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Women and Politics in South Australia

Impact of Women gaining the vote

 Election Day Crowd - Waymouth St, 1896
Picture from Election 1896: A society in transition.

 

Women's vote and the 1896 election

The first election after women gained the vote was the Legislative Council election of 1896. Women enrolled quickly and in large numbers.

Among the women who voted in the 1896 election were 81 of the 102 Aboriginal women of the Point McLeay Mission who had registered to vote. But after Federation, in 1901, they lost their voting rights, as did Aboriginal men. These rights were not regained until after the Australian citizenship referendum in 1967

Four women were proposed as candidates by trade unions. But two of the nominations were withdrawn because the unions concerned were afraid they would look ridiculous. The two other women withdrew, because they did not want to stand for a political party.

Women were involved in campaigning for both sides of politics.

 

Women in public lifetext

By the end of the 19th Century, women were taking a larger role in public life. The growth of women's education after 1875 and their involvement in the suffrage campaign had given many women experience of the political process, public speaking and an awareness of political issues. After the election, the general climate of support for women's involvement in politics led to a number of women being appointed to public positions. Their appointments were significant because, only a short while before, it had not been socially acceptable for women to be involved in public matters or prominent positions.

Among these women were:

Augusta Zadow Factory Inspector 1895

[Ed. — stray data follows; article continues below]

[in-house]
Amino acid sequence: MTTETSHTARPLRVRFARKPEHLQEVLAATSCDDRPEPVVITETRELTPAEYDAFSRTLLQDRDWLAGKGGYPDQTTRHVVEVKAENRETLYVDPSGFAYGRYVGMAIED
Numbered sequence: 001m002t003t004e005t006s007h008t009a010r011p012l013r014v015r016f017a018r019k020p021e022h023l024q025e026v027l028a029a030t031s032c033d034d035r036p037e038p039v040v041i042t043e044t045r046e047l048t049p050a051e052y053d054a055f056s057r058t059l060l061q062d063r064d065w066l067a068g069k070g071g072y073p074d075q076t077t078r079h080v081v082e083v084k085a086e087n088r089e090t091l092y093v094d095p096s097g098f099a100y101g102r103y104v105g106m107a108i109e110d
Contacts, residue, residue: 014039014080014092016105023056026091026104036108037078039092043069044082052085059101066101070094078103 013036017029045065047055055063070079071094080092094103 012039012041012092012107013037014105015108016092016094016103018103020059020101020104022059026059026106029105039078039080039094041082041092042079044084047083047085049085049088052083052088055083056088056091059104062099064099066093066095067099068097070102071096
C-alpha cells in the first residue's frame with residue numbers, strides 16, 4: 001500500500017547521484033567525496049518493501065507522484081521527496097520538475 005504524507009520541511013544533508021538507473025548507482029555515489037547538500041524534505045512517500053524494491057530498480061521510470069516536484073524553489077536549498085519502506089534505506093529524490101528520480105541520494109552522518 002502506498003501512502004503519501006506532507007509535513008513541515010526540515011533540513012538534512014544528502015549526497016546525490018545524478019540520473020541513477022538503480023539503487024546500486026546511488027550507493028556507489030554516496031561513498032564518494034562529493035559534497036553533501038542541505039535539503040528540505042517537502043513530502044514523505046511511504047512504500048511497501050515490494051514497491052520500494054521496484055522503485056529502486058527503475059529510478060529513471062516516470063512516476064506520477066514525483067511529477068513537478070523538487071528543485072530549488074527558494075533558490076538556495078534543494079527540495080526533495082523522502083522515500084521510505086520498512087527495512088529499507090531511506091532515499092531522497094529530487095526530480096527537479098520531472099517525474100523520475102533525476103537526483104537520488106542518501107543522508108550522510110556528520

Agnes Milne Factory Inspector 1896
Mary Lee Official Visitor to the Lunatic Asylums 1896 to 1907
Catherine Helen Spence Member of the Destitute Board
Member of the Commission of Enquiry into the Adelaide Hospital
1897
1895
Elizabeth Nicholls Member of the Adelaide Hospital Board 1895
Rosetta Birks Member of the Adelaide Hospital Board 1896
Blanche McNamara Inspector of Schools* 1897

 

Women entering politicstext

Many South Australian women remained interested in politics. After the vote was won, a number of organisations were started to encourage women's interest in politics, to support women standing for Parliament, and to lobby Parliament for reforms that concerned women.

But there was a long gap between the time women gained the vote and the right to stand for Parliament, and the time when women actually got into Parliament and gained a direct influence in government.

It was

24 years before a woman stood for Parliament - as a non-party candidate.
25 years before a woman was elected to a local council.
33 years before a political party adopted a woman as an endorsed party candidate for Parliament.
64 years before any women were elected to State Parliament.
72 years before women were eligible for jury service.
74 years before a woman was a member of State cabinet.

 

Women gain the vote in Federal Electionstext

Seven years after the women of South Australia gained the vote, and five years after they had first voted in State elections, South Australia joined the other Australian colonies in the new Australian Federation

When the Australian Constitution was being drawn up, Australian women were granted the vote in Federal elections, mainly because South Australian women had the vote, and because of strong support from the men in the South Australian delegation to the Constitutional Convention. The South Australian delegation threatened to withdraw from the Federation negotiations if Australian women were not granted the vote.